3. TV: Angie Tribeca Season 4 (Premiered December 29 on TBS) – Starring Rashida Jones as the titular detective who does things her own way, Angie Tribeca is a delightful spoof in the vein of Airplane! and The Naked Gun. Not every gag lands, but the joke-per-minute ratio is higher than any show currently airing, and it is all played so deadly serious, making it hard to get mad at any joke that falls flat. Even if you’re a fan of the show, you might not have any idea that a new season just arrived, as all ten episodes debuted the weekend before New Year’s with basically no promotion. Luckily, if you missed it, you can head over to the TBS website or app. In this batch of episodes, Bobby Cannavale joins the team as Tribeca’s long-lost son (it makes sense in context, sort of), and there is also the usual plethora of guest stars, including Anjelica Huston, Gillian Jacobs, and Jim Rash.

This Is a Movie Review: The Bad Batch

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What if Mad Max were a ditz? Suki Waterhouse gets some of her limbs amputated by cannibals in a post-apocalyptic Texas desert. But after a frantic escape, she and her winky face-branded short shorts live to see another day. She samples the rave paradise of “The Dream” (shamanistic-weirdo-in-highly-stylized-flicks specialist Keanu Reeves), but obviously what he is promising is too good to be true. Besides, ultimately she just cares about hanging out (she actually says at one point, “Do you want to hang out or something?”), preferably with Miami Man (Jason Momoa) and his young daughter. The dialogue is often laughable. Is that intentional? I don’t care. It’s delectable no matter the intent.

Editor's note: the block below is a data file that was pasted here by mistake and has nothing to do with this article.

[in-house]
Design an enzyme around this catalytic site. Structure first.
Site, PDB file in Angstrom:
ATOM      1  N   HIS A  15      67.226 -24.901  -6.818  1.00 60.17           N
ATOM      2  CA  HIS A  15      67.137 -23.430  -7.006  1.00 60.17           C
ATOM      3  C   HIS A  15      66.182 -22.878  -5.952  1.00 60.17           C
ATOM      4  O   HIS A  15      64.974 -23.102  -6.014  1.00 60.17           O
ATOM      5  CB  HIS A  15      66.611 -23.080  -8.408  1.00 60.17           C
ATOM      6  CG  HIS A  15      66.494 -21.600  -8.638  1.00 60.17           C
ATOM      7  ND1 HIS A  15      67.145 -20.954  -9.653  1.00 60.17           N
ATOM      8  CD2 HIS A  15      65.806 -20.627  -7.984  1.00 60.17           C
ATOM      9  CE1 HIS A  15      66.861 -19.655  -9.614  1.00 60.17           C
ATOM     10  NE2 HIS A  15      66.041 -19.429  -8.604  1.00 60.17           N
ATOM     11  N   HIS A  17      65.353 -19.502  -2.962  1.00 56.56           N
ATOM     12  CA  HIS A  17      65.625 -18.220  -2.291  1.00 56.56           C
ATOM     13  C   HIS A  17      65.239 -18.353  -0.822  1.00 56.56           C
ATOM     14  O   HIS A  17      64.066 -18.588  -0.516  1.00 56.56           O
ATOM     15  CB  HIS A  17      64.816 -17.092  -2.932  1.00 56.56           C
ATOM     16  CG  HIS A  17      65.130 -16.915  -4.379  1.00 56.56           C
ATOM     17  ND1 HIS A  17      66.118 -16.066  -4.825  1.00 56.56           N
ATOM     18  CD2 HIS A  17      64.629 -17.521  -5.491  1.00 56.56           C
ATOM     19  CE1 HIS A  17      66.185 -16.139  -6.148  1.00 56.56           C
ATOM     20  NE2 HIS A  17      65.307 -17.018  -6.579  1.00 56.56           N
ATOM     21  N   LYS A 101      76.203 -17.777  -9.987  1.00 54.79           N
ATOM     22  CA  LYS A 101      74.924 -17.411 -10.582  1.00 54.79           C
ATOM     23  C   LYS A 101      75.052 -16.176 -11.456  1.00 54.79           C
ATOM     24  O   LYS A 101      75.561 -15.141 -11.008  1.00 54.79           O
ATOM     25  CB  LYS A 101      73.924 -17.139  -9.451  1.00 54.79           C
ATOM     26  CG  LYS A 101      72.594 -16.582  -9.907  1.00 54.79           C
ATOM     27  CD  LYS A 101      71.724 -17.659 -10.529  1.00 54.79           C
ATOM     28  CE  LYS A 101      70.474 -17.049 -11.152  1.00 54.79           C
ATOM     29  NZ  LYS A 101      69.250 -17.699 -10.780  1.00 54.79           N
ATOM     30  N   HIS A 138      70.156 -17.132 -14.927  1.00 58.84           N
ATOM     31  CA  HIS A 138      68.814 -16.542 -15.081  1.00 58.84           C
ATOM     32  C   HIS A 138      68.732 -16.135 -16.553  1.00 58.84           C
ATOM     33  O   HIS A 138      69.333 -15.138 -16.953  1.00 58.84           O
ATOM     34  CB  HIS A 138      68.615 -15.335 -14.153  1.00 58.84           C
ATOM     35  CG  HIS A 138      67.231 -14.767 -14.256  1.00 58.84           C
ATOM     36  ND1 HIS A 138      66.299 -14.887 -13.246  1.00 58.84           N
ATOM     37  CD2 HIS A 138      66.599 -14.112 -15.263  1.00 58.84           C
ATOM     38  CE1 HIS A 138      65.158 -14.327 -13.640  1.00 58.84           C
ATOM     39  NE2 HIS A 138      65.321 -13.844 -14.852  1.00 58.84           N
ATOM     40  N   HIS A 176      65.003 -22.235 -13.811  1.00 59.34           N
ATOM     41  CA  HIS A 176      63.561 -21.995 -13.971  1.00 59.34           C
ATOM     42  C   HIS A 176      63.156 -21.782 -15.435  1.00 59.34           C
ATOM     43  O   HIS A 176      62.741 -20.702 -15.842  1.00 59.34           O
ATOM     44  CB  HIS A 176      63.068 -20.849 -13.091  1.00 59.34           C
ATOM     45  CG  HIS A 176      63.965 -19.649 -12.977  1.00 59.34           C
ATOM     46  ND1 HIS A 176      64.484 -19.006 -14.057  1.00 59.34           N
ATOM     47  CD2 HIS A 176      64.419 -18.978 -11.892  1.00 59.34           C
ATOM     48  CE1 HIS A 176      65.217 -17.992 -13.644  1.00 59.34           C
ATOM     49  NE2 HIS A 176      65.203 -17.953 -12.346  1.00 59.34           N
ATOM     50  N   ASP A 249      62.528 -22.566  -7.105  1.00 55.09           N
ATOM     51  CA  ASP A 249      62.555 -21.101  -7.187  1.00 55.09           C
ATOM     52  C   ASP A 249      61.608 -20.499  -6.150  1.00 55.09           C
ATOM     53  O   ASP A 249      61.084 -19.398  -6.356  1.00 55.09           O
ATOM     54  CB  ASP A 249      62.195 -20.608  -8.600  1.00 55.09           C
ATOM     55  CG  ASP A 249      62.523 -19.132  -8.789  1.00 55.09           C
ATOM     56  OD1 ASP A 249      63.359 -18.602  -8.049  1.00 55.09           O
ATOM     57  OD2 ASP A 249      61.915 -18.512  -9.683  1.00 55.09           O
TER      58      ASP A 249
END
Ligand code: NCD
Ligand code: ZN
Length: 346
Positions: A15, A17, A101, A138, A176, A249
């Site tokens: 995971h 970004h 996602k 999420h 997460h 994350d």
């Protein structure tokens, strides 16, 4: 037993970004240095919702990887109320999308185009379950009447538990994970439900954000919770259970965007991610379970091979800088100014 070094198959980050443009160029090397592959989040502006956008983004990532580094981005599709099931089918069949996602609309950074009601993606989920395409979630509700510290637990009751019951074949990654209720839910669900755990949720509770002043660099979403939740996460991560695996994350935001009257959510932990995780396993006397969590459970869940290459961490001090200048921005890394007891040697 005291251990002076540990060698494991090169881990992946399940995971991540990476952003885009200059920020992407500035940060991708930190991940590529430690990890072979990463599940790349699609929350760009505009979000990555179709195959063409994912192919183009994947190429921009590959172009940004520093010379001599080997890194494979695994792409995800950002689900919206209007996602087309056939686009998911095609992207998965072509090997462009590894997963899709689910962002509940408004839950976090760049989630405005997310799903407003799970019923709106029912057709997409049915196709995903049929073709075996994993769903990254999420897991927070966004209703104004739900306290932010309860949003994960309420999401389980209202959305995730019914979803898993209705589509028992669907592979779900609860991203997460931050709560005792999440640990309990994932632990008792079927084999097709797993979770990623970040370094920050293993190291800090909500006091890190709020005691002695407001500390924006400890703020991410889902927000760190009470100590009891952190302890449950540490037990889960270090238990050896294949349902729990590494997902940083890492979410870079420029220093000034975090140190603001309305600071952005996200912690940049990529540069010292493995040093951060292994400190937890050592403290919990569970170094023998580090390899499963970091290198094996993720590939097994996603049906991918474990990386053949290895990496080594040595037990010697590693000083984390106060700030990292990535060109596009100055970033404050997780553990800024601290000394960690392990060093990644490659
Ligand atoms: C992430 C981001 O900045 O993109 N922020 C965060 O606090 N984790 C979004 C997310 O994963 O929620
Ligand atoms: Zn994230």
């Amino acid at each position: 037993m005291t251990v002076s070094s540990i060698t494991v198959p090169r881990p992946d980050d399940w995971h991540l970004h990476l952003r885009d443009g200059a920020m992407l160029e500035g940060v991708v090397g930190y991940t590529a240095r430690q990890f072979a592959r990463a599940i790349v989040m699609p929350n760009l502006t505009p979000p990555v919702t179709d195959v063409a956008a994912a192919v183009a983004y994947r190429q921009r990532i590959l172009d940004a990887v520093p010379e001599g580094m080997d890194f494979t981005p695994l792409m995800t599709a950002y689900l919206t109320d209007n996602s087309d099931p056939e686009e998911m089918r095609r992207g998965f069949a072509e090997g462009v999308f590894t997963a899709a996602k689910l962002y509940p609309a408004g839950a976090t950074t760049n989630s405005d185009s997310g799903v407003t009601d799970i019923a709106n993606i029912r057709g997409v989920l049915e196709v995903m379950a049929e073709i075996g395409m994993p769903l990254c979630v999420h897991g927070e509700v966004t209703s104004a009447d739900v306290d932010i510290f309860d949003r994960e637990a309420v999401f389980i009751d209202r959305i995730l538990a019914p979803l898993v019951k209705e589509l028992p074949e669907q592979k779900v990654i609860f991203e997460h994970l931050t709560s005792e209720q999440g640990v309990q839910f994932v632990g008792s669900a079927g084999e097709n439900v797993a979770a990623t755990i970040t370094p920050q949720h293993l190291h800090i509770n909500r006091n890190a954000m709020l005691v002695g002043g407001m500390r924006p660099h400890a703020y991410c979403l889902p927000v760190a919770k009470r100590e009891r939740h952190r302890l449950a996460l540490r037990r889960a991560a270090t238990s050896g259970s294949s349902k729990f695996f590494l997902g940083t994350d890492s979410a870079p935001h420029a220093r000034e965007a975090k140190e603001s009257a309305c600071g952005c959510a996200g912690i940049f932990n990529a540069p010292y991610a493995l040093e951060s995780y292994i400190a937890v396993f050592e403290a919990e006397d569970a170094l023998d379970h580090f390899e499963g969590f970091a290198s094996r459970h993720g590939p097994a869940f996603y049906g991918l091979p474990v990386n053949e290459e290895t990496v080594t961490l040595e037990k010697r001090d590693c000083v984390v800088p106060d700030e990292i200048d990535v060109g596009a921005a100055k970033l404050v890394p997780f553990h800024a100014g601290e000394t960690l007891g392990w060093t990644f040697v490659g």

I give The Bad Batch 4 Unrecognizable Jim Carrey’s out of 5 Always Welcome Keanu Reeves’s.

This Is a Movie Review: John Wick: Chapter 2

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This post was originally published on News Cult in February 2017.

Starring: Keanu Reeves, Riccardo Scamarcio, Common, Ruby Rose, Ian McShane, Laurence Fishburne

Director: Chad Stahelski

Running Time: 122 Minutes

Rating: R for BANG! BANG! BANG!

Release Date: February 10, 2017

The first John Wick was one of the loudest theatrical experiences I have ever endured. I did not encounter this complaint from anyone else, but I’m fairly certain I was not going insane. It’s possible that this particular auditorium’s sound mix was way out of proportion, but I am intimately familiar with that theater, so that explanation is unlikely. With Chapter 2 now on the way, I can safely say I feel vindicated about calling this franchise the most aurally assaulting around.